Stormwater runoff can contain two ingredients that are harmful to shellfish: chemical pollutants, which can poison shellfish, and excess nutrients, which can promote the growth of algae blooms and lead to oxygen depletion in coastal waters. To protect shell fish habitat near Wilmington, NC, the City of Wilmington and the North Carolina Coastal Federation partnered on a watershed restoration initiative to systematically reduce the impact of stormwater runoff.
To support the partnership, WithersRavenel developed a Web-based GIS database of stormwater retrofit sites. This atlas provides a portal for City staff to catalog potential and completed retrofit sites and quickly analyze the water quality benefits of each project; it also includes a publicly accessible Web site component where citizens can document their participation in the watershed restoration efforts by adding their efforts to the map.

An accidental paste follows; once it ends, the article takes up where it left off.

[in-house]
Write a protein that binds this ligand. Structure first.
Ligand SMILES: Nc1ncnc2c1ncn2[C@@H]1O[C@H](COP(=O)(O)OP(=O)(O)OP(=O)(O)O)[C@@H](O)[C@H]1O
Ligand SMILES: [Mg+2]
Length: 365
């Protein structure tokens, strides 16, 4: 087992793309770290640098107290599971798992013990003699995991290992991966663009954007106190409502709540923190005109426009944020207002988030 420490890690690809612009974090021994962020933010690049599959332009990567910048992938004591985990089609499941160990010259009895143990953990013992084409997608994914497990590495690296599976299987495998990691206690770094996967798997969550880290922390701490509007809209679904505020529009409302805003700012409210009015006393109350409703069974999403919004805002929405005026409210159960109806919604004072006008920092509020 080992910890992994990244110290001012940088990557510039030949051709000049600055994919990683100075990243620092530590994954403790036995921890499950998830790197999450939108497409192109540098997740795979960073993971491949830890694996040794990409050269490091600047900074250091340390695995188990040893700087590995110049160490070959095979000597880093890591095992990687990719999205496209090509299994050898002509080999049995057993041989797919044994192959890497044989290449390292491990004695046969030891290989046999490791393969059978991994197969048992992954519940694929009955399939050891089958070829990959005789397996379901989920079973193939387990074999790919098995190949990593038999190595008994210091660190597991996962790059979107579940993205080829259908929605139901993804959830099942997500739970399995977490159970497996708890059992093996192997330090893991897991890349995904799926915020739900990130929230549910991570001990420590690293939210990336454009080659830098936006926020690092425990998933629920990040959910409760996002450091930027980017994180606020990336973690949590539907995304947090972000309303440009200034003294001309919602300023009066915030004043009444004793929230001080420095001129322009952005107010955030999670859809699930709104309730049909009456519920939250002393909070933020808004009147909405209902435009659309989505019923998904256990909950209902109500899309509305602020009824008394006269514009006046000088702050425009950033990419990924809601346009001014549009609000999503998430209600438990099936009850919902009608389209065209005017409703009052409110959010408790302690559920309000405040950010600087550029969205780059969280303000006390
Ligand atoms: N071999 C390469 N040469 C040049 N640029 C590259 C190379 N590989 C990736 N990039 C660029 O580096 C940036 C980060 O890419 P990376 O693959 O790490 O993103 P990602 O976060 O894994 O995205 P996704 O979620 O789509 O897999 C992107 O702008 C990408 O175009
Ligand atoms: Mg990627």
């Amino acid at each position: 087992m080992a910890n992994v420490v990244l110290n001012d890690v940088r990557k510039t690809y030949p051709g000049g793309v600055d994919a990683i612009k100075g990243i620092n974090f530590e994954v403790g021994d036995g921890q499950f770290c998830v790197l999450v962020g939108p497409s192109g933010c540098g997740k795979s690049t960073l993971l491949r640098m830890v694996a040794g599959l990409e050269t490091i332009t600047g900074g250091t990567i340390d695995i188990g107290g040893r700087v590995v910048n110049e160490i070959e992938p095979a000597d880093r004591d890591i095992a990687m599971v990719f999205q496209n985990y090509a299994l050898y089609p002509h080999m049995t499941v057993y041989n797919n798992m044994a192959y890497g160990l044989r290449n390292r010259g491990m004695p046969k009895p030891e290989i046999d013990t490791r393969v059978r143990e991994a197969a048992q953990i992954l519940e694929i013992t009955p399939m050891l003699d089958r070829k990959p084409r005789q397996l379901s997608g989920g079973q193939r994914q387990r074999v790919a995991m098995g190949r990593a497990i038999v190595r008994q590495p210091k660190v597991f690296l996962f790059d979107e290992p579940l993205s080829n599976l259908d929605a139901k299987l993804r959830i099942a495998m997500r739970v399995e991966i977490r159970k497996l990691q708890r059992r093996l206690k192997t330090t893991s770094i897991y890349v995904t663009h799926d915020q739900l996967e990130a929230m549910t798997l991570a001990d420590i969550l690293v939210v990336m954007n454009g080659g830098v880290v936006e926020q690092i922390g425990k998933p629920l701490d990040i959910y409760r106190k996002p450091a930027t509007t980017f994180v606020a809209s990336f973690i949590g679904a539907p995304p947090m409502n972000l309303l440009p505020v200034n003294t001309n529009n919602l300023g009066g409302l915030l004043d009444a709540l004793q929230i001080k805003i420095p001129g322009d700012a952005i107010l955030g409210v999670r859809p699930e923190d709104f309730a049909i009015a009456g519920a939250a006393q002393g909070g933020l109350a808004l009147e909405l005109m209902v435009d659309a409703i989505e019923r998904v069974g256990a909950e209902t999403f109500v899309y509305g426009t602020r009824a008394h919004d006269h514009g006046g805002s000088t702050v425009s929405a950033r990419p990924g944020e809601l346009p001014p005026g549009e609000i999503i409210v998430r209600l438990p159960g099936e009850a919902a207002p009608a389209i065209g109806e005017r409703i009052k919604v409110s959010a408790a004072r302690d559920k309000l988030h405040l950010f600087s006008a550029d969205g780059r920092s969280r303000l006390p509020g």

The restoration plan deliverables also included standard design details, construction drawings for five retrofit sites, public education materials, meetings, and workshops. The plan was adopted by City leaders and approved by the North Carolina Department of Environment and Natural Resources Division of Water Quality in lieu of a Total Maximum Daily Load (TMDL) allocation.